It’s mid-morning, after a cup of coffee, but I haven’t eaten yet.
The kids are at school and I am heading out to the studio to paint. I catch John in the kitchen and start telling him something. I see his face squinch up. I’m about to ask him what the problem is and he says, “Ugh. Your breath stinks. You need to go to the dentist!”
I stand there for a second in amazement and realize I'm going to cry. I’m embarrassed that his rude comment is bringing me to tears, so I turn in a hurry and run upstairs to my room. By the time I flop into my chair, my face is wet.
The Power of Words: The Negative Impact of John's Comment
I feel incredible shame. I’m ashamed my breath stinks and I’m ashamed that I’m crying about it.
I can't figure out why I’m so crushed. Why does it hurt so bad? What is wrong with me? My mind starts to replay what just happened and I’m thinking my breath probably does stink. I hadn’t eaten and had drunk coffee. John’s breath probably stunk too. I think I have even told him that in the past, but I didn't see him run off crying! God—why am I such a sniffly, emotional woman? Why do I let John define me and allow this little comment to hurt me so bad?
A Divine Message of Love and Reassurance
Just then I hear, from inside my bruised heart, God whisper: “Read Song of Songs 4:2”.
I look it up and it reads, “How beautiful you are my darling, Your teeth are like a flock of newly shorn sheep which have come up from their washing, all of which bears a twin, and not one among them has lost her young.”
I am stunned! First, that I actually heard God speak to me—I barely know that poem and random verses don't just pop in my head like that. Second, how boldly God just reassured me and pampered me with love. I expect if God were to give me his opinion of my breath it would have be, “Yeah, it stinks a little. But stop crying about it, sheesh!” How beautiful that my teeth are like shorn sheep fresh up from the washing! It’s true none have lost their young. I’m not missing any teeth!
Letting Go of the Need for External Validation
This precious moment, years ago, changed me forever. I no longer needed John. I didn't need him to validate me, approve of me, or define me. He didn't complete me or fill some empty place in me. His words didn't make or break me and my identity didn't rely on him.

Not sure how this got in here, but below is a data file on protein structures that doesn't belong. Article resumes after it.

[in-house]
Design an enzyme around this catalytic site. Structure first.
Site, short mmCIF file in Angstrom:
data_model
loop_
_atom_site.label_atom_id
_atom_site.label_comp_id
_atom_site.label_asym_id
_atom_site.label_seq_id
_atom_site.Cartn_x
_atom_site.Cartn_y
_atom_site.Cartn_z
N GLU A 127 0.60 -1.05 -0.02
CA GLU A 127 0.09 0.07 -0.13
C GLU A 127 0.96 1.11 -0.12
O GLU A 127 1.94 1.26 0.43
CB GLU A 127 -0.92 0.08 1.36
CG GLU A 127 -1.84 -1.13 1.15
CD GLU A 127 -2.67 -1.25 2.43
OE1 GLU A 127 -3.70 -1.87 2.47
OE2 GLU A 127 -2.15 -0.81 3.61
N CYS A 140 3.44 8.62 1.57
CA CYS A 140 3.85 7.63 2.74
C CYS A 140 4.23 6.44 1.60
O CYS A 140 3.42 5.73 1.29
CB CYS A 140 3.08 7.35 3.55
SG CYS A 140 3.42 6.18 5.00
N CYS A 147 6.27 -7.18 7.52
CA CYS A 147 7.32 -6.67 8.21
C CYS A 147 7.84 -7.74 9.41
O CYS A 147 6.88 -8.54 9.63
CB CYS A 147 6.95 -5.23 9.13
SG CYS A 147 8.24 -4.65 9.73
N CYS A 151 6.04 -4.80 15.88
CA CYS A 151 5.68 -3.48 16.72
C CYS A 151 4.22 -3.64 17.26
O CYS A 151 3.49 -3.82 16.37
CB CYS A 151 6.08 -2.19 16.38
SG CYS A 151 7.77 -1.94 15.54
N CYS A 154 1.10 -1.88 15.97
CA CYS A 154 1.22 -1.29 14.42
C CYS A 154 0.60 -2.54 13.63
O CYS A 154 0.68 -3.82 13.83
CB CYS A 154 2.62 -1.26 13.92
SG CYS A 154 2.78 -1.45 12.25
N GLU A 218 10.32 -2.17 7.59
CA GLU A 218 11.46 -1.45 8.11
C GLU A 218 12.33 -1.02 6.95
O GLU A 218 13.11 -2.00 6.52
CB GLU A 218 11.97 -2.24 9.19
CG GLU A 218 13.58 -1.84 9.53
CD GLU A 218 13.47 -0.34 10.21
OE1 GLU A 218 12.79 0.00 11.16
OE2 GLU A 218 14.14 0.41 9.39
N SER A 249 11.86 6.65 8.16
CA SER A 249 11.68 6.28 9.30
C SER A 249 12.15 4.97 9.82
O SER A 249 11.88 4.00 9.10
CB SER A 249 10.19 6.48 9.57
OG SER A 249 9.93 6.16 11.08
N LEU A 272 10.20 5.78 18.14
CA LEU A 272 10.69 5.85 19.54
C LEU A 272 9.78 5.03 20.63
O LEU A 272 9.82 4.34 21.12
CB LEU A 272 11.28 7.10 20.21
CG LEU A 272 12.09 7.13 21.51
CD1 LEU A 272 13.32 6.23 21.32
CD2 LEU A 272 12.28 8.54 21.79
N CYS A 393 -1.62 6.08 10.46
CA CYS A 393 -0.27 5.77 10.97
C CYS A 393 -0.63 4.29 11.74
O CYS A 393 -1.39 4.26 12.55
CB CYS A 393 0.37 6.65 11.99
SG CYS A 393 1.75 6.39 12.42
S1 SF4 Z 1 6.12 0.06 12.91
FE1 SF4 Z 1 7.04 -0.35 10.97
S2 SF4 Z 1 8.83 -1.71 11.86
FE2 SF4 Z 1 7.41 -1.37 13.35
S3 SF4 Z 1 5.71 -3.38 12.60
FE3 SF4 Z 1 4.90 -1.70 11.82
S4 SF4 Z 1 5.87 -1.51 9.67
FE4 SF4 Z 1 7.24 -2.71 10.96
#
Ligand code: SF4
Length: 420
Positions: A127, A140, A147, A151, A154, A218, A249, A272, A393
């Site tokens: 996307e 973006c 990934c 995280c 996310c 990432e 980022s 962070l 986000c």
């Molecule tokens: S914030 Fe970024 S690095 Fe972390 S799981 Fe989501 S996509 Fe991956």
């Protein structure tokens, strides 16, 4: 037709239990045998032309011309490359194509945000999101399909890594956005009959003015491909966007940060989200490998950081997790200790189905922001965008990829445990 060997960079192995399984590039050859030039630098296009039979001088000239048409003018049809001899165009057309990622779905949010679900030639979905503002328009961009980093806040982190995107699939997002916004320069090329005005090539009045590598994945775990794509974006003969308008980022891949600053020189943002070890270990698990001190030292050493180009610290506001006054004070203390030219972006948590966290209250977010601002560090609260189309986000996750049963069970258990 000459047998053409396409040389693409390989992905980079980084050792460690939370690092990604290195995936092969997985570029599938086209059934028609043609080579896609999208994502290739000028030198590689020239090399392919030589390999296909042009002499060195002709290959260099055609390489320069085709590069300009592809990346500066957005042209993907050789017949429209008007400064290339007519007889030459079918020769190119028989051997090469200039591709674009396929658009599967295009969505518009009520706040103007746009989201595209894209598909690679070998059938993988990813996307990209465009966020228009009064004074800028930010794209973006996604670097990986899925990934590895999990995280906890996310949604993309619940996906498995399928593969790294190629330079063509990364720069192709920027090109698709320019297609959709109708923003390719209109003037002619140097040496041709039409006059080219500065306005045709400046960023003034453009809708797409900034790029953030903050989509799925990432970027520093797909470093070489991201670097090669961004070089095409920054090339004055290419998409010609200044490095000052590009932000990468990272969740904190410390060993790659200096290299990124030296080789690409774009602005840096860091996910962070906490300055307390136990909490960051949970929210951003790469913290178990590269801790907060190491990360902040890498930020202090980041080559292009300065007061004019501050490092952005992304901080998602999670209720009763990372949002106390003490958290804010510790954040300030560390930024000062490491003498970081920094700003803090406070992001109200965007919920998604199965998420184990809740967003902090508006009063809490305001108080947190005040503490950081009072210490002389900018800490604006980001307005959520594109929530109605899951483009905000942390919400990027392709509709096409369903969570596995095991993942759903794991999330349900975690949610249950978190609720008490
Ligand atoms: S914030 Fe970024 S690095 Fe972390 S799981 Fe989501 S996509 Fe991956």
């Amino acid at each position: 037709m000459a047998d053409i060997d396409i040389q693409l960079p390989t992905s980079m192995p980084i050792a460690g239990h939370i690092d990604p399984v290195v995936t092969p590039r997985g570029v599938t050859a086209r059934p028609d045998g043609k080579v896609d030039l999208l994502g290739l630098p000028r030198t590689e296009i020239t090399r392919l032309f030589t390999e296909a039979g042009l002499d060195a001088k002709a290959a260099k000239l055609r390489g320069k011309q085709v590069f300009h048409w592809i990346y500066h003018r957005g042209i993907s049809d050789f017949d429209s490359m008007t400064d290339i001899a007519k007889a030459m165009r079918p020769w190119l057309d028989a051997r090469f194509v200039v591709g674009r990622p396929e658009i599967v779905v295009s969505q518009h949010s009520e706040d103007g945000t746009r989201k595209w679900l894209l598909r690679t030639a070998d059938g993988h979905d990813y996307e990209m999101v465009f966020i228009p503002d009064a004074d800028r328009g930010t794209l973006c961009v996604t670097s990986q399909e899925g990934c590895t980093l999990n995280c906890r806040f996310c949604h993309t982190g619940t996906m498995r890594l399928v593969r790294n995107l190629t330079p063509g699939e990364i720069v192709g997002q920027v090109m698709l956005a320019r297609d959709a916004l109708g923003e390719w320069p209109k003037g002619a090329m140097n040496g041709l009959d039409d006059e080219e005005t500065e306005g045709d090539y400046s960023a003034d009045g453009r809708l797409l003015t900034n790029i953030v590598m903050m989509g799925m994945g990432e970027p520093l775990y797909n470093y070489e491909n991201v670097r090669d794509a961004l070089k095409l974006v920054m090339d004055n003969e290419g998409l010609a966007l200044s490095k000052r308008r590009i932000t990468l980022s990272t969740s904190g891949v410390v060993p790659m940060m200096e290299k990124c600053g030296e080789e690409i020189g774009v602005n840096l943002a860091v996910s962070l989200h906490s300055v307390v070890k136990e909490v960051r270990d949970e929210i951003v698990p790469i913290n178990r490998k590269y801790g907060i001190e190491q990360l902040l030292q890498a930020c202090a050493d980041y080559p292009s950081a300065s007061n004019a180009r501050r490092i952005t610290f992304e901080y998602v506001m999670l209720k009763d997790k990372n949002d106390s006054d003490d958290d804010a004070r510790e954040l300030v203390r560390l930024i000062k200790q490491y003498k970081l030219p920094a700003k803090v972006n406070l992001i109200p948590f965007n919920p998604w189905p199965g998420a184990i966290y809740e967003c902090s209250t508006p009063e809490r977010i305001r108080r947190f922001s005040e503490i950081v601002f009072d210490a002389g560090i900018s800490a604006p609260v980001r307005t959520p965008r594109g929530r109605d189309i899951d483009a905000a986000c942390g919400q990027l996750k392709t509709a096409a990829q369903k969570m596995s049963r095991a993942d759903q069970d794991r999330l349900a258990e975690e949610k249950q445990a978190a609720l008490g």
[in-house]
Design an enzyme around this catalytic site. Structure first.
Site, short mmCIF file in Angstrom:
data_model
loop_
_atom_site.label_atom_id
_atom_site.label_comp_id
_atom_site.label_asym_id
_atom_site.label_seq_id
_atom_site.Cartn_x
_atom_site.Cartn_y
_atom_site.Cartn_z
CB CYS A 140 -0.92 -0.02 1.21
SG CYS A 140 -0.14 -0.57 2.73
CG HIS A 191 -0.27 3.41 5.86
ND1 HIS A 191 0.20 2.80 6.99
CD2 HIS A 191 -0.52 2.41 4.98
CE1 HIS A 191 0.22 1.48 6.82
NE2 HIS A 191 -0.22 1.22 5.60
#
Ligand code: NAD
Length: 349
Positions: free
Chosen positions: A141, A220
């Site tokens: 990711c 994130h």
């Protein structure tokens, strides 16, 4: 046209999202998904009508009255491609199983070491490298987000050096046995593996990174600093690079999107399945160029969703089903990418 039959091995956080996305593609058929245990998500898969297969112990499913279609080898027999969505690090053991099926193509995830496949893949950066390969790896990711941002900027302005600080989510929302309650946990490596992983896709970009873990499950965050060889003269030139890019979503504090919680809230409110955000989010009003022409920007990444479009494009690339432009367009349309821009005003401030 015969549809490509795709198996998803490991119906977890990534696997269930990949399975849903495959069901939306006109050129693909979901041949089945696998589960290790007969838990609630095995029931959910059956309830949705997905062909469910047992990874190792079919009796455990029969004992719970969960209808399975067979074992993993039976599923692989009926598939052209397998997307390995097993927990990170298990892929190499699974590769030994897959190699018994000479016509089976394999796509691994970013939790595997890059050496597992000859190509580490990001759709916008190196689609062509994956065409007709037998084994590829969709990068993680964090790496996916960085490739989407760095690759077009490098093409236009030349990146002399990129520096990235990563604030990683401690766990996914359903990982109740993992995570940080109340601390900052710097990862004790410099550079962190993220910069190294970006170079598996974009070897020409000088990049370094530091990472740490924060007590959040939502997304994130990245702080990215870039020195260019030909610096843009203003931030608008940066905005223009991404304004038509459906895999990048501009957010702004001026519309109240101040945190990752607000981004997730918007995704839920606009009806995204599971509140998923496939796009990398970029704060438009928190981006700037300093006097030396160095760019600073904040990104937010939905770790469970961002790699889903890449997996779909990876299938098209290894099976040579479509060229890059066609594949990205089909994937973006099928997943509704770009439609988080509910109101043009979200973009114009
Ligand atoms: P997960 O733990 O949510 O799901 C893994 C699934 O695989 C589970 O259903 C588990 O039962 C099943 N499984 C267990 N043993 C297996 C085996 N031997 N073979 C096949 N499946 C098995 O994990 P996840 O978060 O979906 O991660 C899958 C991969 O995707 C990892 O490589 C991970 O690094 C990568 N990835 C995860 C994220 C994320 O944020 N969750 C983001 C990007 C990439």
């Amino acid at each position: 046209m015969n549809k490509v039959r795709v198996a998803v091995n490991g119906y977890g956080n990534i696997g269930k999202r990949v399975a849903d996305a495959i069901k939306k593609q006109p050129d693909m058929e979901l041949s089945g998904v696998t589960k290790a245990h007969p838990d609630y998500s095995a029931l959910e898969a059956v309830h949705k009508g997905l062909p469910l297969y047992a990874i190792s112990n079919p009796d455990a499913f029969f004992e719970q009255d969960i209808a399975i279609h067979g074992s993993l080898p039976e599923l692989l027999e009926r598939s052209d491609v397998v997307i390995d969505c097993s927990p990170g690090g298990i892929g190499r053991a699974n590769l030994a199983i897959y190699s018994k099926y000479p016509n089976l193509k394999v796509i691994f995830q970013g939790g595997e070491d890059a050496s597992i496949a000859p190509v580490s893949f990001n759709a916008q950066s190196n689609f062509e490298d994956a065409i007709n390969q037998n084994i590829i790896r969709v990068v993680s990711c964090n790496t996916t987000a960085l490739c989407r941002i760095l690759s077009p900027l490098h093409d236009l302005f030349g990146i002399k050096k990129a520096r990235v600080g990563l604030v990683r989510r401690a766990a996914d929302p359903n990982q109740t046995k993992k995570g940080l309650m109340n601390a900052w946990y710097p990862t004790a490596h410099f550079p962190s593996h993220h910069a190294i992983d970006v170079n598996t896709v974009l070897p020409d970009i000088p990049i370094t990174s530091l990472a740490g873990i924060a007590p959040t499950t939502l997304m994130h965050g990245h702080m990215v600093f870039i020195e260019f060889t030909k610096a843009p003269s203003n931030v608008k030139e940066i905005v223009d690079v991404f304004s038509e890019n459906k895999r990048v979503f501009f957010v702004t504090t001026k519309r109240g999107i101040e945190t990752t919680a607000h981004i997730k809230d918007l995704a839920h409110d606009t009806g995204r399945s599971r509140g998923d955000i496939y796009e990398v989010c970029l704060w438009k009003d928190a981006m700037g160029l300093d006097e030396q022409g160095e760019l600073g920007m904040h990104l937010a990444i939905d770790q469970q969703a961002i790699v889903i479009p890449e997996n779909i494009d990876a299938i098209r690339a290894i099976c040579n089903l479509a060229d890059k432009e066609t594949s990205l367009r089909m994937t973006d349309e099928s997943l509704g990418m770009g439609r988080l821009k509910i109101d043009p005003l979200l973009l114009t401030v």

John is flawed like me; he doesn't have the power or authority to break my heart or crush my spirit. I want John. I choose him. I enjoy being with him and we are building a life and destiny together.
I don't want my words to have power over him, either. I want to be free to say something when I’m having a bad day and not destroy his self image over it. If John’s breath stinks, I want the freedom to tell him so.
That day I changed.
Discovering a Reflection of Radiance, Beauty, and Love
I looked to God to be my mirror and not a flawed person.
The poem goes on to say, “Your lips are like a scarlet thread, and your mouth is lovely... Your temples are like a slice of a pomegranate behind your veil.” He says my cheeks are like the redness of a sliced pomegranate, flushed with emotion, and he finds it beautiful.
My dad didn't like it when I was emotional or cried. There wasn't freedom for those things. He certainly didn't find it beautiful. John gets awkward and feels responsible when I cry or get emotional. But God holds my face, looks deeply into my eyes, and beams. The raw passion of my emotions, the trueness and innocence of it, he finds incredibly and ravishingly beautiful.
This is the mirror I look into.
When you look into the mirror, what do you see? Do you see beauty, love, and worthiness staring back at you?